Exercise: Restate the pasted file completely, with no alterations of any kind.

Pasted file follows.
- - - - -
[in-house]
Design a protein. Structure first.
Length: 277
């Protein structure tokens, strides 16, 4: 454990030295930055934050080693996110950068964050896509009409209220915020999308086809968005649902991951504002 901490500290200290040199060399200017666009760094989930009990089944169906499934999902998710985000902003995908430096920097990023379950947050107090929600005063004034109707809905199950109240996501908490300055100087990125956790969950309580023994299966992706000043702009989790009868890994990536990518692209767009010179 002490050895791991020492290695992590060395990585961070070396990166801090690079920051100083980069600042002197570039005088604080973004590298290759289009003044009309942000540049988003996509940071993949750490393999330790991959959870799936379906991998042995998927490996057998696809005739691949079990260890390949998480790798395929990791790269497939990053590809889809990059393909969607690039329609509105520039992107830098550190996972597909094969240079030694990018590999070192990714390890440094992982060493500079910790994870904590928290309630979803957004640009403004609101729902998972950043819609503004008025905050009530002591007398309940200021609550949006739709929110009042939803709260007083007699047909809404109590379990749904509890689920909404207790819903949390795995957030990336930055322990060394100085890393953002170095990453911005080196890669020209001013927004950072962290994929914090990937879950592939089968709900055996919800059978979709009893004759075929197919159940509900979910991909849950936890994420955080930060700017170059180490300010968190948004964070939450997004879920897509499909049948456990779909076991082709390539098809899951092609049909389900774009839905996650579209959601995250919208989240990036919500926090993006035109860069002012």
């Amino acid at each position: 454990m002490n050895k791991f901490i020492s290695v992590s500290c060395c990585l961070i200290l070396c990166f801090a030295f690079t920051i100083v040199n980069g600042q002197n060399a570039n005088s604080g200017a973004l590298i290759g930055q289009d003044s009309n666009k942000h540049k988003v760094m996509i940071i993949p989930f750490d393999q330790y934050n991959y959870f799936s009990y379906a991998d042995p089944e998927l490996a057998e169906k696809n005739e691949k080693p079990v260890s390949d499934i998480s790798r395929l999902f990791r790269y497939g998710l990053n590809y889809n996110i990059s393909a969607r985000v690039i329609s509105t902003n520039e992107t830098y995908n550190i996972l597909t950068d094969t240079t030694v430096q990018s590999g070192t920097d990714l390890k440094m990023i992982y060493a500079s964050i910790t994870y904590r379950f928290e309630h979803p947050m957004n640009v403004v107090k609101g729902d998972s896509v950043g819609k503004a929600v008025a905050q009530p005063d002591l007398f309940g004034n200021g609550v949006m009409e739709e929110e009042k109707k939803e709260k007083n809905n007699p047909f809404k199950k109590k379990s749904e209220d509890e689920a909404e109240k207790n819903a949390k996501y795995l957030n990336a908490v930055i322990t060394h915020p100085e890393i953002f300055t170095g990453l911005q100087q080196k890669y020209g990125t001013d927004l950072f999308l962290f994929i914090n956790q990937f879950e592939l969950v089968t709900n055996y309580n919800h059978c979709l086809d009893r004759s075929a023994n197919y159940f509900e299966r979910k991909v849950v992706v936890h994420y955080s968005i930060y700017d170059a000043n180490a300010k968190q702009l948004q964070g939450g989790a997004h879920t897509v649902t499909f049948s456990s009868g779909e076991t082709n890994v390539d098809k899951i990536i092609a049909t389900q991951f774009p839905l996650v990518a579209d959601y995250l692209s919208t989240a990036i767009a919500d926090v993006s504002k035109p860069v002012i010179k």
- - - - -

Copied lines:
[in-house]
Design a protein. Structure first.
Length: 277
């Protein structure tokens, strides 16, 4: 454990030295930055934050080693996110950068964050896509009409209220915020999308086809968005649902991951504002 901490500290200290040199060399200017666009760094989930009990089944169906499934999902998710985000902003995908430096920097990023379950947050107090929600005063004034109707809905199950109240996501908490300055100087990125956790969950309580023994299966992706000043702009989790009868890994990536990518692209767009010179 002490050895791991020492290695992590060395990585961070070396990166801090690079920051100083980069600042002197570039005088604080973004590298290759289009003044009309942000540049988003996509940071993949750490393999330790991959959870799936379906991998042995998927490996057998696809005739691949079990260890390949998480790798395929990791790269497939990053590809889809990059393909969607690039329609509105520039992107830098550190996972597909094969240079030694990018590999070192990714390890440094992982060493500079910790994870904590928290309630979803957004640009403004609101729902998972950043819609503004008025905050009530002591007398309940200021609550949006739709929110009042939803709260007083007699047909809404109590379990749904509890689920909404207790819903949390795995957030990336930055322990060394100085890393953002170095990453911005080196890669020209001013927004950072962290994929914090990937879950592939089968709900055996919800059978979709009893004759075929197919159940509900979910991909849950936890994420955080930060700017170059180490300010968190948004964070939450997004879920897509499909049948456990779909076991082709390539098809899951092609049909389900774009839905996650579209959601995250919208989240990036919500926090993006035109860069002012």
């Amino acid at each position: 454990m002490n050895k791991f901490i020492s290695v992590s500290c060395c990585l961070i200290l070396c990166f801090a030295f690079t920051i100083v040199n980069g600042q002197n060399a570039n005088s604080g200017a973004l590298i290759g930055q289009d003044s009309n666009k942000h540049k988003v760094m996509i940071i993949p989930f750490d393999q330790y934050n991959y959870f799936s009990y379906a991998d042995p089944e998927l490996a057998e169906k696809n005739e691949k080693p079990v260890s390949d499934i998480s790798r395929l999902f990791r790269y497939g998710l990053n590809y889809n996110i990059s393909a969607r985000v690039i329609s509105t902003n520039e992107t830098y995908n550190i996972l597909t950068d094969t240079t030694v430096q990018s590999g070192t920097d990714l390890k440094m990023i992982y060493a500079s964050i910790t994870y904590r379950f928290e309630h979803p947050m957004n640009v403004v107090k609101g729902d998972s896509v950043g819609k503004a929600v008025a905050q009530p005063d002591l007398f309940g004034n200021g609550v949006m009409e739709e929110e009042k109707k939803e709260k007083n809905n007699p047909f809404k199950k109590k379990s749904e209220d509890e689920a909404e109240k207790n819903a949390k996501y795995l957030n990336a908490v930055i322990t060394h915020p100085e890393i953002f300055t170095g990453l911005q100087q080196k890669y020209g990125t001013d927004l950072f999308l962290f994929i914090n956790q990937f879950e592939l969950v089968t709900n055996y309580n919800h059978c979709l086809d009893r004759s075929a023994n197919y159940f509900e299966r979910k991909v849950v992706v936890h994420y955080s968005i930060y700017d170059a000043n180490a300010k968190q702009l948004q964070g939450g989790a997004h879920t897509v649902t499909f049948s456990s009868g779909e076991t082709n890994v390539d098809k899951i990536i092609a049909t389900q991951f774009p839905l996650v990518a579209d959601y995250l692209s919208t989240a990036i767009a919500d926090v993006s504002k035109p860069v002012i010179k």